Barriers and enablers to women in fire and emergency leadership roles

Debra Parkinson, Alyssa Duncan, Frank Archer

Research output: Contribution to journalArticleResearchpeer-review

11 Citations (Scopus)


Purpose: The purpose of this paper is to understand what (if any) actual and perceived barriers exist for women to take on fire and emergency management leadership roles within the Department of Environment, Land, Water and Planning, Victoria, Australia. Design/methodology/approach: An anonymous quantitative online survey was used to collect data about opinions and thoughts of staff. This informed the qualitative component of the research – in-depth, semi-structured interviews and a focus group. The combination of these techniques provides deeper insight into the nature of the barriers for women. Findings: Respondents identified real barriers for women accessing leadership roles in fire and emergency. Reflecting the wider literature on barriers to women in executive roles, those identified related to sexism, career penalties not faced by men for family responsibilities, and assumptions of women helping other women’s careers. There were more men in senior roles, leaving senior women isolated and often overlooked. Women had fewer role models and sponsors than men and less developed networks, finding it harder to access training and deployments. The context was described by most as “a boys’ club”, where men were seen to dominate meetings and stereotype the abilities of women. Originality/value: This paper analyses the barriers to women in fire and emergency leadership roles within a masculine workplace and is rare in including a qualitative aspect to the issue in the Australian context.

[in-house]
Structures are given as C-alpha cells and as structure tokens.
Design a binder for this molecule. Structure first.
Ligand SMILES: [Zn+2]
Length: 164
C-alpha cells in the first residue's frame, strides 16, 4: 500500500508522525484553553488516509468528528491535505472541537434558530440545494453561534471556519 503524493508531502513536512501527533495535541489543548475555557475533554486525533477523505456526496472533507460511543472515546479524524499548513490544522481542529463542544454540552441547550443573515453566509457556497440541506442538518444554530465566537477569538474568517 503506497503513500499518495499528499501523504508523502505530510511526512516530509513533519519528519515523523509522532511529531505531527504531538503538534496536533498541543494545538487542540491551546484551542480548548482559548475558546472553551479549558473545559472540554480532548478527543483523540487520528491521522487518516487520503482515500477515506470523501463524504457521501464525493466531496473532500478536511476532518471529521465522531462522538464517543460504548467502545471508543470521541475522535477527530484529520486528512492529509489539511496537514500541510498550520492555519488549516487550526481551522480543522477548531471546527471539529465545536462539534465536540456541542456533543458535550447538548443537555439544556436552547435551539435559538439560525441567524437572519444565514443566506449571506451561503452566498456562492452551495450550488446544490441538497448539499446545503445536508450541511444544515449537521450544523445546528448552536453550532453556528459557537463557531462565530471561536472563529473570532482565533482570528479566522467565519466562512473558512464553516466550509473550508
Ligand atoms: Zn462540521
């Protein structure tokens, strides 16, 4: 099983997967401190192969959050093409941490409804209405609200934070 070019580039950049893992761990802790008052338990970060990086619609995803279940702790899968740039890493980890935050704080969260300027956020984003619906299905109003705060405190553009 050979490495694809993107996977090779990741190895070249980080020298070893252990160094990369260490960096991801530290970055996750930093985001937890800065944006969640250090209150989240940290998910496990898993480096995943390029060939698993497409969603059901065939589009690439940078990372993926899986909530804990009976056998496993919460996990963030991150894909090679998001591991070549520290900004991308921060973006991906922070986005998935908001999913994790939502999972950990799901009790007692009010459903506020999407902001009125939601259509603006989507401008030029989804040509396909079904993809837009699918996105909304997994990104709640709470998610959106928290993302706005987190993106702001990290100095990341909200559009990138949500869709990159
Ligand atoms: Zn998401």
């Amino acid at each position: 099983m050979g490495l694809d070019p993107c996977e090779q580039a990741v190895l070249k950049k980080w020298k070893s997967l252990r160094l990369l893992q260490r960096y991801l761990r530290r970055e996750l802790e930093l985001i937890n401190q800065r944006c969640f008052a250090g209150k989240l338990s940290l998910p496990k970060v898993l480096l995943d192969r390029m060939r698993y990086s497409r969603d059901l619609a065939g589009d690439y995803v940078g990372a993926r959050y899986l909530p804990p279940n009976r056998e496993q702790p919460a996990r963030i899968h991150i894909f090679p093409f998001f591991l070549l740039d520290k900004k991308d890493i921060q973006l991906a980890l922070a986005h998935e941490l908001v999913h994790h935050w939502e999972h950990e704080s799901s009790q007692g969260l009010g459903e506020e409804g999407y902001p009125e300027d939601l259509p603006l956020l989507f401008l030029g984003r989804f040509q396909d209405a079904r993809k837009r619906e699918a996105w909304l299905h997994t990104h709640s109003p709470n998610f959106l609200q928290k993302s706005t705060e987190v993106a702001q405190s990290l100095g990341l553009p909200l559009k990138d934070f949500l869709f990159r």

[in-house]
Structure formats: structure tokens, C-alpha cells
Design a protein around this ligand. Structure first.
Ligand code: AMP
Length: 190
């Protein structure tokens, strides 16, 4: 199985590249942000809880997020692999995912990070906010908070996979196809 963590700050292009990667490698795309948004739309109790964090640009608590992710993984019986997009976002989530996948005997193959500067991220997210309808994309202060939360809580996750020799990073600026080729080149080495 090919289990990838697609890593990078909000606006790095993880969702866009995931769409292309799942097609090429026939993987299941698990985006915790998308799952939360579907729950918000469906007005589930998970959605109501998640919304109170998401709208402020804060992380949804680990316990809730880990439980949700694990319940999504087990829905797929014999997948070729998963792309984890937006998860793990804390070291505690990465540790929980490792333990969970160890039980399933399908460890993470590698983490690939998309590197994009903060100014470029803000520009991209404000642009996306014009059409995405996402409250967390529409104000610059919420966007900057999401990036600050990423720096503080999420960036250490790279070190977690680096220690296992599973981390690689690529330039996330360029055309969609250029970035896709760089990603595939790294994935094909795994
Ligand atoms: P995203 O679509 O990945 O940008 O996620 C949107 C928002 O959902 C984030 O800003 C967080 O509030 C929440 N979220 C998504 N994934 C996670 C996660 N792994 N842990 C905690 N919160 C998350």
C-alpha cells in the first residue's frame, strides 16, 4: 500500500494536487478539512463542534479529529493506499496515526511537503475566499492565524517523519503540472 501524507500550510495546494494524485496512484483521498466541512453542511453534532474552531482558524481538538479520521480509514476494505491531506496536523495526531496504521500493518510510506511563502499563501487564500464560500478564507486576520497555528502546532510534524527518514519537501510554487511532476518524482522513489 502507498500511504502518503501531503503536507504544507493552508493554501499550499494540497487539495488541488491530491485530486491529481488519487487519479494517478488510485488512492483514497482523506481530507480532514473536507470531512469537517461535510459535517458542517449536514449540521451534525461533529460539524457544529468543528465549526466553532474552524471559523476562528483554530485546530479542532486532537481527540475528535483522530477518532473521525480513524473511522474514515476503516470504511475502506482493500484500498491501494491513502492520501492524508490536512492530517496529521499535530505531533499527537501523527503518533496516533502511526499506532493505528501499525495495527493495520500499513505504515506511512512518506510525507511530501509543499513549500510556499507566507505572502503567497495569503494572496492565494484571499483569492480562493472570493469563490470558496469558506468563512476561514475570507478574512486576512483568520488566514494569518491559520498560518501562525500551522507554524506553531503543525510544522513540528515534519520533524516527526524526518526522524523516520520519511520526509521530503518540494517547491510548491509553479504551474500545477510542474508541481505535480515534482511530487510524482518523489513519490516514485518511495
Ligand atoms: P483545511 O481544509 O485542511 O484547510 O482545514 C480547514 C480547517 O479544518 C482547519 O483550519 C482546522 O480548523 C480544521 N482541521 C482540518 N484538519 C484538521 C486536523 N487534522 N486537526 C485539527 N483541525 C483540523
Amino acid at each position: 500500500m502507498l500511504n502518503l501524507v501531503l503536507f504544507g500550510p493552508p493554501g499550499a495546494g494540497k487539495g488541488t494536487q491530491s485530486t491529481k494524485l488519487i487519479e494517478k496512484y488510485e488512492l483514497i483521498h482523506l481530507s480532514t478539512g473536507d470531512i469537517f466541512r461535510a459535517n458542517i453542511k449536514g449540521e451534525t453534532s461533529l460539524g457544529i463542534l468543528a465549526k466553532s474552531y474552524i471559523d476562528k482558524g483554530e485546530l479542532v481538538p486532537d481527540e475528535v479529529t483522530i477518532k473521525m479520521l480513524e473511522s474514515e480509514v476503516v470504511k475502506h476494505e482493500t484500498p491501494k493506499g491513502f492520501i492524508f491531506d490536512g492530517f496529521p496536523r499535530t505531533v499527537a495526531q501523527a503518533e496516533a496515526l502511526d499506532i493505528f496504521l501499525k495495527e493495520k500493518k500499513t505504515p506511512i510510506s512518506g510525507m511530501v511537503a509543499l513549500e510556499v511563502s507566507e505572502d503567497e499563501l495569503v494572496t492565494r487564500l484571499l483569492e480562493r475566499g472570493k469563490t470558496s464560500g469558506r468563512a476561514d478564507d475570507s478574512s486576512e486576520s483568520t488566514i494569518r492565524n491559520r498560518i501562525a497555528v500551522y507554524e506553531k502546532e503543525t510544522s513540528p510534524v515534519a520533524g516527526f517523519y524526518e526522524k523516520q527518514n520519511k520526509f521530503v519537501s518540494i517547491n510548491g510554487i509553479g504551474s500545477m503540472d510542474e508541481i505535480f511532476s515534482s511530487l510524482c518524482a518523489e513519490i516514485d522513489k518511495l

Original languageEnglish
Pages (from-to)78-93
Number of pages16
JournalGender in Management
Issue number2
Publication statusPublished - 8 Apr 2019


  • Australia
  • Emergency services
  • Female leadership
  • Flexible working
  • Women
  • Work barriers

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